“This issue of WHR brings together several papers from ‘Critical Renovations,’ a symposium held at the University of Utah in November 2007. The symposium invited scholars of English working in a wide range of periods, genres, and media to reflect on, revisit, and perhaps recycle our scholarly past.” Hold onto your hat. Here comes some serious lit crit, cultural studies, scholarly stuff. I mean I. A. Richards, and Eve Sedgewick, and Saussure, and Leo Spitzer, and Ortega y Gasset, and Fredric Jameson, and Paul de Man. I mean “critical gestures,” and an “oblique gloss” on methodological problems, and “developmentalist narratives.” But, don’t despair! There’s something valuable in every one of these dense, academic essays.
Scott Black’s essay, “The Novel According to Ortega,” begins with an epigraph from the legendary Spanish critic, “to think is to ask for trouble.” That quote alone is worth the price of admission. And Black offers his own gem of a definition: “Rather than alluding to the real, the novel offers a realist illusion that provokes a recognition of the real, an experience of the way reality exceeds the concepts, the forms, perhaps the myths that try to capture it (and yet are the only ways we have to capture it).” There are more than enough epiphanies of this kind to make tackling these essays worthwhile.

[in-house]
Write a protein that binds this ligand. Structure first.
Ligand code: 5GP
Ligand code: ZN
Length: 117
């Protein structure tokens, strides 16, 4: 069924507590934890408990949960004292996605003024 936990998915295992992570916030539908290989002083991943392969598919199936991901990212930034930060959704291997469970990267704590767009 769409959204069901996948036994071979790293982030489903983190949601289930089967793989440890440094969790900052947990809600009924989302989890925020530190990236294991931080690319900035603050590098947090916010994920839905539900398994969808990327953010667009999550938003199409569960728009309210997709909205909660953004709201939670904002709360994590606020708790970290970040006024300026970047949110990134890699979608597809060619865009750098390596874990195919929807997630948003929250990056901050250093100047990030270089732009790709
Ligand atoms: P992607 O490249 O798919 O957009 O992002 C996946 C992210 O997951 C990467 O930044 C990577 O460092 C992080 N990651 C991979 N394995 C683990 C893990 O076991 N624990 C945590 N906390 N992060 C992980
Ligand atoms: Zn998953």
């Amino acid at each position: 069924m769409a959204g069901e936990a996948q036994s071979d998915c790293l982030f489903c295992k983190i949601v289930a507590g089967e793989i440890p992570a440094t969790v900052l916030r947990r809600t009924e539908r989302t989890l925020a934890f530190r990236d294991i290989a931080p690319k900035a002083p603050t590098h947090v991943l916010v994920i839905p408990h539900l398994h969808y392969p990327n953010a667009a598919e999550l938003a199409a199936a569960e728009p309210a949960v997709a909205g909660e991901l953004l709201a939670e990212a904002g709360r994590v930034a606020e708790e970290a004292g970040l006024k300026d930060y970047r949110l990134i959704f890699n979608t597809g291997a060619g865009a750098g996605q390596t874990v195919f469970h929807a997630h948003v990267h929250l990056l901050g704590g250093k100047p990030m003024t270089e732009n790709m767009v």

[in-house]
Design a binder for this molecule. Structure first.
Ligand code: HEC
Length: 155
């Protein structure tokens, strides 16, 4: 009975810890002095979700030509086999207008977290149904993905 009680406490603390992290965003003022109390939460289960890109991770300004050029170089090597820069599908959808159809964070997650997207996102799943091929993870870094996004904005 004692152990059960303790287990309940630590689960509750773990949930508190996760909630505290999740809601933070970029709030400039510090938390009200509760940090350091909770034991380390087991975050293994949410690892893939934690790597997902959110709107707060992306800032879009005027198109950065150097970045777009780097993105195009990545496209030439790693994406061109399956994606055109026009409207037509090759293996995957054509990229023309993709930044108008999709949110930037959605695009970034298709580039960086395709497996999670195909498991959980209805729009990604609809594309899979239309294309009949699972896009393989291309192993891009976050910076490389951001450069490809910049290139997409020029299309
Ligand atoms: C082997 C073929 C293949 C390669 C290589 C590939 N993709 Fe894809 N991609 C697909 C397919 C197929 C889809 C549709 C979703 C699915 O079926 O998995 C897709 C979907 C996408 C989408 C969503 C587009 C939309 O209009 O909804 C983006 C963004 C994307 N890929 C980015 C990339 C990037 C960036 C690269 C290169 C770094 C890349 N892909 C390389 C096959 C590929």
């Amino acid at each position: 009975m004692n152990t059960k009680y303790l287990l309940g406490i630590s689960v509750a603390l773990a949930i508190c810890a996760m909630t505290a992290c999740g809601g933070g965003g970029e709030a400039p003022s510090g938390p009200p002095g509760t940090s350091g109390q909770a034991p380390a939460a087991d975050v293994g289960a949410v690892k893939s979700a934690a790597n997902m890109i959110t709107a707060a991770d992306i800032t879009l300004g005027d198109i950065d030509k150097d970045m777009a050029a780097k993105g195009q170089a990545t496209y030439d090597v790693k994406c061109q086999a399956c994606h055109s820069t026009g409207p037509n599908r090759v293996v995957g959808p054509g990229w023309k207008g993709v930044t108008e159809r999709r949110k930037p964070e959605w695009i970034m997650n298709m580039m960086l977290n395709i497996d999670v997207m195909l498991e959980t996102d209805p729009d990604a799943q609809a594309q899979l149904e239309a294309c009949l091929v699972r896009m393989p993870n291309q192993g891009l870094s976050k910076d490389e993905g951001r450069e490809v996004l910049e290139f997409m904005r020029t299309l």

The symposium essays are followed by creative pieces from seven writers, several of which are difficult to classify, including Larry Fondation’s “Thug Life,” short prose fragments and an illustration; “Kevin Crosstick and the Females. Warm Actions. My Wishes Granted” by Diane Williams, short prose fragments with bold highlighted titles; and “The Wedding-Mask Door Pull,” a short-short also by Diane Williams. Tessa Kale contributes poems about Auden and Rilke. Stephen-Paul Martin contributes a haunting piece of New York fiction with unusual appeal and urgency. My advice: don’t worry about what it all means; just take it all in…to think is to ask for trouble.